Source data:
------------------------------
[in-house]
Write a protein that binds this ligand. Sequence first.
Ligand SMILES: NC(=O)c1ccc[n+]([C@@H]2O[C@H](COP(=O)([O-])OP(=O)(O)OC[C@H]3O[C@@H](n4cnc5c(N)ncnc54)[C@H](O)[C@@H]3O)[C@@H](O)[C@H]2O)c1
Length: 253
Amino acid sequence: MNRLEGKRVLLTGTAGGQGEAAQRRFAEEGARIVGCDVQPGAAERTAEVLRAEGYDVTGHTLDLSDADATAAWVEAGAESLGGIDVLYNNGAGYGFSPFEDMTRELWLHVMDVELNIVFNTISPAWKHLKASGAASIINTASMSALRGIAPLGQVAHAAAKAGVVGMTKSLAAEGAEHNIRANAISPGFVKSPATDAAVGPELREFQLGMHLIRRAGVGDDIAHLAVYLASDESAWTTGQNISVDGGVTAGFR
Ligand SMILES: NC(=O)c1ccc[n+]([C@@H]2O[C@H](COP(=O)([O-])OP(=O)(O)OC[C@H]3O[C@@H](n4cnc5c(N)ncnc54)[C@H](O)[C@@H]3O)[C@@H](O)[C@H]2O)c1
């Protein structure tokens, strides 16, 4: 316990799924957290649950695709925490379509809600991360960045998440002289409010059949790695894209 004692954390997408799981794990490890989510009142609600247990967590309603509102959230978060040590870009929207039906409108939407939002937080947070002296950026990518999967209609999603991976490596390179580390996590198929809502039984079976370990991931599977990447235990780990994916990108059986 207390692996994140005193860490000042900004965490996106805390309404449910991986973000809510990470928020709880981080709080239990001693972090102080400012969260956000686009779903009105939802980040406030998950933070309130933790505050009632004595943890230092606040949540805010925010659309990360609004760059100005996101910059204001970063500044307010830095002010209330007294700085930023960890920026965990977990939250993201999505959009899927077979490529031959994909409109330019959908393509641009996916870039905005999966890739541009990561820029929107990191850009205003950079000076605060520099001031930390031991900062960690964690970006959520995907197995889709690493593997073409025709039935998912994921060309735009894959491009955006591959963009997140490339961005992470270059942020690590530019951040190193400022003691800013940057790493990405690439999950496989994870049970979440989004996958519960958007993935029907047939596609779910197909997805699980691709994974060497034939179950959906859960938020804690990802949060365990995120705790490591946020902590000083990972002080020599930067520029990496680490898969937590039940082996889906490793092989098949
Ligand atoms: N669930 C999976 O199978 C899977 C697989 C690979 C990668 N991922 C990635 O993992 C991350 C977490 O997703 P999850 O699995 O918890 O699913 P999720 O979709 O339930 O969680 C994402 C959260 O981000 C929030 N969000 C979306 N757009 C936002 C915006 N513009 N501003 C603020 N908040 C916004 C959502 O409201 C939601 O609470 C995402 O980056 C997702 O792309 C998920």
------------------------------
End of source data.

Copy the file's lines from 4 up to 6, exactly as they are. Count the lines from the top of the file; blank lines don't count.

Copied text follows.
Length: 253
Amino acid sequence: MNRLEGKRVLLTGTAGGQGEAAQRRFAEEGARIVGCDVQPGAAERTAEVLRAEGYDVTGHTLDLSDADATAAWVEAGAESLGGIDVLYNNGAGYGFSPFEDMTRELWLHVMDVELNIVFNTISPAWKHLKASGAASIINTASMSALRGIAPLGQVAHAAAKAGVVGMTKSLAAEGAEHNIRANAISPGFVKSPATDAAVGPELREFQLGMHLIRRAGVGDDIAHLAVYLASDESAWTTGQNISVDGGVTAGFR
Ligand SMILES: NC(=O)c1ccc[n+]([C@@H]2O[C@H](COP(=O)([O-])OP(=O)(O)OC[C@H]3O[C@@H](n4cnc5c(N)ncnc54)[C@H](O)[C@@H]3O)[C@@H](O)[C@H]2O)c1